Here’s today’s AdExchanger.com news round-up… Want it by email? Sign up here.
PE Strikes Again
Private equity firm Diversis Capital has scooped up Marketron, a revenue and marketing software provider used mostly by television and radio stations. “We are excited to see Marketron's commitment to growing new technologies as well as developing unique opportunities that are important for our company,” Caroline Beasley, CEO of Marketron customer Beasley Media Group, said in a statement. Read the release. Marketron also hired former Adelphic CEO Michael Collins as chief executive, replacing Jeff Haley, who remains on the board. Collins’ experience in mobile and cross-device, first at GroupM mobile agency Joule and then at Adelphic, points to the strategic direction of traditional media companies. Related in AdExchanger: Radio stations have defied downward revenue trends by extending campaigns to phones. More on that.
The Apple Cart
After Facebook said it would deprioritize news content in its news feed last week, publishers are scrambling for new sources of referral traffic. While Apple News is a viable alternative for news, it doesn’t do the same legwork for lifestyle publications because Apple News drives a lot of its traffic through breaking news push notifications. Lifestyle pubs get about 87% of their traffic from Facebook, compared to between 15% and 60% for political and business publishers, according to analytics firm Parsely. Publishers LittleThings and Kiplinger get less than 5% of referral traffic from Apple News, Digiday reports. “It’s called Apple News for a reason,” says one publisher. Plus, Apple News’ targeting and monetization capabilities leave something to be desired. More.
Despite the hype about voice at CES [AdExchanger coverage], consumers still generally use Amazon’s Alexa and Google Assistant for very basic tasks, like playing music, checking the weather or setting timers, according to research from consultancy Activate. The majority of Amazon Alexa users have never used apps outside those pre-installed on their devices. Marketer voice search and audio budgets will probably remain experimental this year, but tech giants are pumping money into connected home devices with voice AI at the core. “The more interesting functionality is yet to come,” Paul Erickson, IHS Markits senior analyst, tells The New York Times. “Part of that will come as more integration happens this year and next year. This is the first year we’re going to see real advances with the assistants because of competition in the marketplace.” More.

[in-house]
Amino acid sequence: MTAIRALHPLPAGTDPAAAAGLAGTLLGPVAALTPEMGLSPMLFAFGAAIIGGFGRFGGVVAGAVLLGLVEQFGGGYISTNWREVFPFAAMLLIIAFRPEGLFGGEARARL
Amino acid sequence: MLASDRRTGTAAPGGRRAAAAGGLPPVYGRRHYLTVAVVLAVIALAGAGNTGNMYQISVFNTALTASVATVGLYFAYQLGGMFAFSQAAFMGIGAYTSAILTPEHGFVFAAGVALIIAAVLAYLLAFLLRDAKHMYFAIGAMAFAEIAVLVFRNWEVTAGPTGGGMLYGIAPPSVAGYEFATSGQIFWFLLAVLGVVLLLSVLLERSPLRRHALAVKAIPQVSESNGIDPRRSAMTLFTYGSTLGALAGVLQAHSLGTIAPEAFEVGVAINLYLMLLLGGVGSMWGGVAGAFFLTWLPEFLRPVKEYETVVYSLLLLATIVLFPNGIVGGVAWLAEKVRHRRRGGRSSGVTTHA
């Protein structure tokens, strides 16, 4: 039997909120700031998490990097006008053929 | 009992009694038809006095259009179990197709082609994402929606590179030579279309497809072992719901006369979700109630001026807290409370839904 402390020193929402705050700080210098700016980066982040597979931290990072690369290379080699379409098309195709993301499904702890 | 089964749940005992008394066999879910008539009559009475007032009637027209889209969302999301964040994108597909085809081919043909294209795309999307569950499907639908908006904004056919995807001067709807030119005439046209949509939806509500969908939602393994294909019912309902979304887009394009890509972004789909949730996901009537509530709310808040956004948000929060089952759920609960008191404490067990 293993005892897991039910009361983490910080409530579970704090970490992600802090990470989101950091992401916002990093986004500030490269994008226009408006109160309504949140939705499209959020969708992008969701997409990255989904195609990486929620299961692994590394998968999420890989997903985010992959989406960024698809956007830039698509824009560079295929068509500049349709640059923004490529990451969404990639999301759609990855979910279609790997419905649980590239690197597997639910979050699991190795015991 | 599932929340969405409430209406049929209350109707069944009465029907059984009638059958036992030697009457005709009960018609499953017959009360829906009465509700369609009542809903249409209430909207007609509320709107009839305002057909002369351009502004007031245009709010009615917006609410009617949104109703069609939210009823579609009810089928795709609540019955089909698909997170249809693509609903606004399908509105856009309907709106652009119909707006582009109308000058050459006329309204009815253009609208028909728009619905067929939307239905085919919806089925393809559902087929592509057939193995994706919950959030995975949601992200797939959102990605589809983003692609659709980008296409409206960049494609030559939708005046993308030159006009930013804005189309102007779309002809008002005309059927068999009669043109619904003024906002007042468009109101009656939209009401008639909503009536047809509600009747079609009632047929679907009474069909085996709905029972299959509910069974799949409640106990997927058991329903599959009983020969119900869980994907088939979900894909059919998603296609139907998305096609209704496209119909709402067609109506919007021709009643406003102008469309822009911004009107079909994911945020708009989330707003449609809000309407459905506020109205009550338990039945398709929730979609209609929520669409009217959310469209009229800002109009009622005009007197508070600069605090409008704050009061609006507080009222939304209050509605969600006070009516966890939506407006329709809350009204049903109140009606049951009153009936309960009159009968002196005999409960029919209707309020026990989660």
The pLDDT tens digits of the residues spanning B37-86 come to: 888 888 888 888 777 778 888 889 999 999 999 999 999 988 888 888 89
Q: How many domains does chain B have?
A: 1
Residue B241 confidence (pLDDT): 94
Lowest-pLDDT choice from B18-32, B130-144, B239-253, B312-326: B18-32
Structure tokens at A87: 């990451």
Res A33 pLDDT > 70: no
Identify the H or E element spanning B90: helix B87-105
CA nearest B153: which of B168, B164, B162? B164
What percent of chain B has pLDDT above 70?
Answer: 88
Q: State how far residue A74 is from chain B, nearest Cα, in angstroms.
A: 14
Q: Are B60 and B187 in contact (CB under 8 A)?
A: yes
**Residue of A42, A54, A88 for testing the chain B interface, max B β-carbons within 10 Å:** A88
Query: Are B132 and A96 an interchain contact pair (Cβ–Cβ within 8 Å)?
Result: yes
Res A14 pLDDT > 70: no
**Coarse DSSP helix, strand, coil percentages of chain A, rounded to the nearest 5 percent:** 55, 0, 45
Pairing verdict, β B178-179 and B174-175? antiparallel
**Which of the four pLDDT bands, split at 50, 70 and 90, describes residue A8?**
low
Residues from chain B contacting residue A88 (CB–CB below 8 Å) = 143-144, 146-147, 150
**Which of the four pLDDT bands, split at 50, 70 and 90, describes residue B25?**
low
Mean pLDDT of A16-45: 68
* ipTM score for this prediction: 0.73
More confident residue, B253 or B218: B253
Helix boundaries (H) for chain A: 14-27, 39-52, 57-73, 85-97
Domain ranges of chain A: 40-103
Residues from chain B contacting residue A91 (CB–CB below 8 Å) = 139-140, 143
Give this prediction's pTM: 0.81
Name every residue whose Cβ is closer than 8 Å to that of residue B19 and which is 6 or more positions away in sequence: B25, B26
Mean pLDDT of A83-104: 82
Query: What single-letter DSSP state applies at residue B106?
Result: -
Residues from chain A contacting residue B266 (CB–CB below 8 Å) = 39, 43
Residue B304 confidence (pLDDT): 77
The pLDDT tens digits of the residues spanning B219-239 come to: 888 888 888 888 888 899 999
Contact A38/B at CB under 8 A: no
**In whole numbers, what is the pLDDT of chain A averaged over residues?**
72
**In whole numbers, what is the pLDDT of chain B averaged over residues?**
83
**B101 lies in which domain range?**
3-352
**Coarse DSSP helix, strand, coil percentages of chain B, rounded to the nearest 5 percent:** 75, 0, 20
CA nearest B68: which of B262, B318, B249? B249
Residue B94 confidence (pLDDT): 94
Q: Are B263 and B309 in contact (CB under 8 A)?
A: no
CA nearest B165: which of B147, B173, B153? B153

Researchers at the Ehrenberg-Bass Institute for Marketing Science issued a report this month arguing that, contrary to common wisdom, big consumer product brands have not lost share or loyalty. Data from people tracked by the institute over the past six to 13 years indicate younger consumers are more likely to buy startup products – but past age 25 loyalty rates revert to historical standards. “Big brands have made strategic mistakes over the past couple of decades … including price discounting at the expense of out-of-store advertising and allocating too much advertising expenditure to overly targeted new digital media,” according to the researchers. More at Warc.
But Wait, There’s More!
- Slate Says Podcasts Are Now 25% Of Revenue - Digiday
- Kantar Millward Brown Report On Multichannel Ad Campaigns - release
- Snapchat Content Chiefs Talk Redesign, Scripted Programming - Variety
- Beeswax Acquires RTBKit Open-Source Bidder Assets - release
- Latest Worldwide Social Users Estimates - eMarketer
- Consequences To Facebook Deemphasizing Video In News Feed - Videonuze
- Zeta Global Cloud Invests In Visto, Former Collective Assets - release
- Instacart Drops $65M On Unata Voice, Ecom Revenue Tools - Bloomberg
- Six Trends For 2018: What To Watch From Messenger - Facebook
- What Happens When You Reach A Million Instagram Followers - WSJ
- Nestle Sells US Candy Business To Ferraro For $2.8 Billion - Reuters